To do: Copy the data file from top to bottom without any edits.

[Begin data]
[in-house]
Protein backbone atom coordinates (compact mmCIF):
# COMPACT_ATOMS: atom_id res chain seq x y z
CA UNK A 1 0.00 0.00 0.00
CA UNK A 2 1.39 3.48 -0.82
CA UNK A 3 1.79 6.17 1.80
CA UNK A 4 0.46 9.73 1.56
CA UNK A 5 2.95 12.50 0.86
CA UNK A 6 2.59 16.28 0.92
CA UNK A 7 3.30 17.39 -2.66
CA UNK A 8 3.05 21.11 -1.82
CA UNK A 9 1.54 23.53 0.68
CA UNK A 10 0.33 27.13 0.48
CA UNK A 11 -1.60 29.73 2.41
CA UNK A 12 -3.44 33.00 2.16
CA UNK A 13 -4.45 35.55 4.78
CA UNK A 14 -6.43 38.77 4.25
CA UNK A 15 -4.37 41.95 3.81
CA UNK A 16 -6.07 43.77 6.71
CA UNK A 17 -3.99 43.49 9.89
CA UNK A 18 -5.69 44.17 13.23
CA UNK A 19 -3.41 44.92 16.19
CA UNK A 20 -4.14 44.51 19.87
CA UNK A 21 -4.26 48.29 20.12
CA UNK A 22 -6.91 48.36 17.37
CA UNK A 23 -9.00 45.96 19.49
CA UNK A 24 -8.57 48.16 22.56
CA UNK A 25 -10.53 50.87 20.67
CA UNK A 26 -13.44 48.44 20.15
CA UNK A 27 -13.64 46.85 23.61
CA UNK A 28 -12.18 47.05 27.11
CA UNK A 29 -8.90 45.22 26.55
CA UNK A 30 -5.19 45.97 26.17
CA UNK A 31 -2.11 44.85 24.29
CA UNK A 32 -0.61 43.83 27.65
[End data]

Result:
[in-house]
Protein backbone atom coordinates (compact mmCIF):
# COMPACT_ATOMS: atom_id res chain seq x y z
CA UNK A 1 0.00 0.00 0.00
CA UNK A 2 1.39 3.48 -0.82
CA UNK A 3 1.79 6.17 1.80
CA UNK A 4 0.46 9.73 1.56
CA UNK A 5 2.95 12.50 0.86
CA UNK A 6 2.59 16.28 0.92
CA UNK A 7 3.30 17.39 -2.66
CA UNK A 8 3.05 21.11 -1.82
CA UNK A 9 1.54 23.53 0.68
CA UNK A 10 0.33 27.13 0.48
CA UNK A 11 -1.60 29.73 2.41
CA UNK A 12 -3.44 33.00 2.16
CA UNK A 13 -4.45 35.55 4.78
CA UNK A 14 -6.43 38.77 4.25
CA UNK A 15 -4.37 41.95 3.81
CA UNK A 16 -6.07 43.77 6.71
CA UNK A 17 -3.99 43.49 9.89
CA UNK A 18 -5.69 44.17 13.23
CA UNK A 19 -3.41 44.92 16.19
CA UNK A 20 -4.14 44.51 19.87
CA UNK A 21 -4.26 48.29 20.12
CA UNK A 22 -6.91 48.36 17.37
CA UNK A 23 -9.00 45.96 19.49
CA UNK A 24 -8.57 48.16 22.56
CA UNK A 25 -10.53 50.87 20.67
CA UNK A 26 -13.44 48.44 20.15
CA UNK A 27 -13.64 46.85 23.61
CA UNK A 28 -12.18 47.05 27.11
CA UNK A 29 -8.90 45.22 26.55
CA UNK A 30 -5.19 45.97 26.17
CA UNK A 31 -2.11 44.85 24.29
CA UNK A 32 -0.61 43.83 27.65